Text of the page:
Fidel Castro's ashes have arrived in the city that served as the birthplace of his revolution. Tens of thousands of adorers crowded the streets to witness the ceremony honoring the former Cuban leader.
The convoy carrying the late communist leader's remains arrived in Santiago de Cuba on Saturday after travelling several days across the Cuban countryside.
Hundreds of thousands of people cheered as the army jeep transporting the urn containing Castro's ashes pulled into the city, the last stop before his remains will be interred on Sunday.
The convoy, which began in the capital, Havana, some 560 miles (900 kilometers) away, stopped at various iconic locations around the city, including the balcony where Castro gave one of his most famous speeches following the end of his victorious revolution in 1959.
The urn also passed the barracks where his first uprising took place, as well as Revolution Square.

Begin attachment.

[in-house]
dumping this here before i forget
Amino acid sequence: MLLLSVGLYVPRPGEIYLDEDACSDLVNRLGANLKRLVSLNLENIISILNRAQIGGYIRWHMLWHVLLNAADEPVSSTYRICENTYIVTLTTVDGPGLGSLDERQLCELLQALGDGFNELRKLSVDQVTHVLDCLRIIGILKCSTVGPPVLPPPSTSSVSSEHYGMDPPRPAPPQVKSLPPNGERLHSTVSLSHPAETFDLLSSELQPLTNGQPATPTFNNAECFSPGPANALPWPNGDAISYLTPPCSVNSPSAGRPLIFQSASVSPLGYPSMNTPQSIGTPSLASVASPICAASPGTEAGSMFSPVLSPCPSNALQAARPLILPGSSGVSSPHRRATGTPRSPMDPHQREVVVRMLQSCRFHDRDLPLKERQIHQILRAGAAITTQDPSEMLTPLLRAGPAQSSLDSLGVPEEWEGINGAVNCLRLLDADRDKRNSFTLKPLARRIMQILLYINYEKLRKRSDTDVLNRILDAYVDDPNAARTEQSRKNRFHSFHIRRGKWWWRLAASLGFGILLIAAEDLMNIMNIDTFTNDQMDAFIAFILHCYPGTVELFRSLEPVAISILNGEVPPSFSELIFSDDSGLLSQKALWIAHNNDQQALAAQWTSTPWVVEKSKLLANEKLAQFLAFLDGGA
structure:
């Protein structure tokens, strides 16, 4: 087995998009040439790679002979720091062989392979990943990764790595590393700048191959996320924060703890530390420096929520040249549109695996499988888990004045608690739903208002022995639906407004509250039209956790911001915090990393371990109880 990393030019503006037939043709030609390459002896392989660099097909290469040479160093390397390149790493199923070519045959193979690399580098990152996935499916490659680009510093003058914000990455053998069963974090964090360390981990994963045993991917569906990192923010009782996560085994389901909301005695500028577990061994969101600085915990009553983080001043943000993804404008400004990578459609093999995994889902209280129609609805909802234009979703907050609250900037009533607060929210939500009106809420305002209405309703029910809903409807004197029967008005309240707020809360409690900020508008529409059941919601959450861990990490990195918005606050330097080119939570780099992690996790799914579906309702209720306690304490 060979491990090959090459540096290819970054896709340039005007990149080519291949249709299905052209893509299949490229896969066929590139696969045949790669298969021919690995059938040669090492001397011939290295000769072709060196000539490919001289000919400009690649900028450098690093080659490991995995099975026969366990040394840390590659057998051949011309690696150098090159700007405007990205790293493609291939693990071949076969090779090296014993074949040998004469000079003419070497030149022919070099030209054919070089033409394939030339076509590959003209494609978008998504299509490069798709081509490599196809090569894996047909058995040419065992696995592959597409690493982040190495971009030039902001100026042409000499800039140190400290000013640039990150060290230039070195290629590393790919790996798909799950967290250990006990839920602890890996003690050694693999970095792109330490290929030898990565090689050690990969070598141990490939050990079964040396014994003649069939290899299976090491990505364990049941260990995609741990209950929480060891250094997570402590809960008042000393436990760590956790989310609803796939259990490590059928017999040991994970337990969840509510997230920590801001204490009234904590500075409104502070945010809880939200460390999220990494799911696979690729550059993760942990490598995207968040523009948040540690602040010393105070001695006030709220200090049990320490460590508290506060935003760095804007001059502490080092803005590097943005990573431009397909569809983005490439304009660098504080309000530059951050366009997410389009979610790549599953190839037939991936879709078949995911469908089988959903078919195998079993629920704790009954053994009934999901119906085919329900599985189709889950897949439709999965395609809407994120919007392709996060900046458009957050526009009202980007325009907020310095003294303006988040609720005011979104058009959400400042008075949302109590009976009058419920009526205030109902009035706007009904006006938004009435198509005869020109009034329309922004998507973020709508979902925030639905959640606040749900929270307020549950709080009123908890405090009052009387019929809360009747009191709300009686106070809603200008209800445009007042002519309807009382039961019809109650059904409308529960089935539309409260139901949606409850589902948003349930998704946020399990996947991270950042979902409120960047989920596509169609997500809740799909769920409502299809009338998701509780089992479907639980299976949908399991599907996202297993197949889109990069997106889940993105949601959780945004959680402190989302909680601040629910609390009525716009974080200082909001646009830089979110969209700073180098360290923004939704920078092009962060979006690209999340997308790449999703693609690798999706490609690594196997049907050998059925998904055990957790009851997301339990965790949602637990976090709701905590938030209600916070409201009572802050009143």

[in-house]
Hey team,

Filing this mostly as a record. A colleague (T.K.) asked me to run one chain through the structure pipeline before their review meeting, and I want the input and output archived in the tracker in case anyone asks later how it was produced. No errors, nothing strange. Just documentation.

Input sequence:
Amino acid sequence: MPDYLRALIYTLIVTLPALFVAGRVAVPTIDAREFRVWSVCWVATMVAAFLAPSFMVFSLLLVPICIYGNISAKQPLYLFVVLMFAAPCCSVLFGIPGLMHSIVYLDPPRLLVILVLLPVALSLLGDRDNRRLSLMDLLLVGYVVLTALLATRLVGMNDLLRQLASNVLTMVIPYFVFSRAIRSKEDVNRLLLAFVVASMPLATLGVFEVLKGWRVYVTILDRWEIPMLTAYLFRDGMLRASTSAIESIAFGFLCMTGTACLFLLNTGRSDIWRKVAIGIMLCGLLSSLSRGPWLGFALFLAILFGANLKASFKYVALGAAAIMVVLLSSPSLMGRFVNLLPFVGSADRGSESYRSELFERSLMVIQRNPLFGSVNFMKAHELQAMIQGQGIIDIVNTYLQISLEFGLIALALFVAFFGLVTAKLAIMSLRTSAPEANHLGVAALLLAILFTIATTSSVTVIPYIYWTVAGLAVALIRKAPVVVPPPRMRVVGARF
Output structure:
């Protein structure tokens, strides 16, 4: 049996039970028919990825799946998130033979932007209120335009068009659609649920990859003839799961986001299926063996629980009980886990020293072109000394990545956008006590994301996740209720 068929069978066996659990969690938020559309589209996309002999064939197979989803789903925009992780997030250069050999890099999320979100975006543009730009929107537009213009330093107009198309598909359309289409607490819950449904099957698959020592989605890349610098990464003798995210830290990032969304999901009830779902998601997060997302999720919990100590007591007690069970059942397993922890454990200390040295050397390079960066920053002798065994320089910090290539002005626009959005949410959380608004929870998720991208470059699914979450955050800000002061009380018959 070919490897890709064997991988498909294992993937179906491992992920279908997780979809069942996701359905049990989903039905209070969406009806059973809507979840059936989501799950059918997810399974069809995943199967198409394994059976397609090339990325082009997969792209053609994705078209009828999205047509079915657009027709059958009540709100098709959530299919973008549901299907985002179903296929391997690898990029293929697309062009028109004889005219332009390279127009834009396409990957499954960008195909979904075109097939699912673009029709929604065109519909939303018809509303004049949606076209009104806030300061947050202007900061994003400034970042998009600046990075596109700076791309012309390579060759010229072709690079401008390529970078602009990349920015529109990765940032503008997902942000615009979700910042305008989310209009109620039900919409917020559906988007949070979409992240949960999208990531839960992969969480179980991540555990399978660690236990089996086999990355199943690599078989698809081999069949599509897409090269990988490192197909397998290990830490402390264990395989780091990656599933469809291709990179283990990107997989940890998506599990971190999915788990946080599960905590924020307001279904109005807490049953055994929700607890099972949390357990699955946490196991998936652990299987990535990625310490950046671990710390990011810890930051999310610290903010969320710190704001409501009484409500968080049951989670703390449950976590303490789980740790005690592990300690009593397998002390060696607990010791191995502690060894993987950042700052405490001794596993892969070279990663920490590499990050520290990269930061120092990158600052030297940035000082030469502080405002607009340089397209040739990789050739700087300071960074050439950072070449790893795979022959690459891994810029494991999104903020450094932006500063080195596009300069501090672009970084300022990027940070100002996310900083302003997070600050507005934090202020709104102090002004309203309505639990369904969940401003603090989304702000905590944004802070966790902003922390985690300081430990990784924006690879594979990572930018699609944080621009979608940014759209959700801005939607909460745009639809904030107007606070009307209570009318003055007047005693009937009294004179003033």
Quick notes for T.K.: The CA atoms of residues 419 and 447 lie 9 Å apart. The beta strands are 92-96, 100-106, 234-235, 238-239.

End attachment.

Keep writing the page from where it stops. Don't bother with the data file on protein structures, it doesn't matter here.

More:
Supporters cried "I am Fidel!" following screenings of some of Castro's past speeches, which played on a giant screen in the city.
End of an era
Later, thousands attended a rally featuring speeches delivered by the heads of state-run groups of small farmers, women, revolutionary veterans and neighborhood watch committee members. Several notable foreign dignitaries, including Venezuelan President Nicolas Maduro, Nicaraguan leader Daniel Ortega and Brazil's former President Dilma Rousseff, were in attendance. Argentine footballer Diego Maradona, a longtime friend of Castro, also came to pay his respects.
Speaking before Santiago's packed central plaza, Fidel's brother and successor, Raul, vowed to "defend the fatherland and socialism."
"We will overcome any obstacle, turmoil or threat in the building of socialism in Cuba," he said.
The president also announced that no public streets or monuments would be named after the communist icon, in keeping with his brother's final wish.
"Fidel! Fidel! Until victory, always!"
The leader's remains will be interred on Sunday at the Santa Ifigenia cemetery following the end of the nine-day mourning period.
Castro has left behind a divisive legacy following his death on November 25 at age 90. While many Cubans have praised him for his policies on health care and education, others around the world have criticized him and called him a tyrant.
Raul Castro, who has already implemented some economic reforms in his decade as president, has promised to step down in 2018.
blc/cmk (AP, AFP, dpa)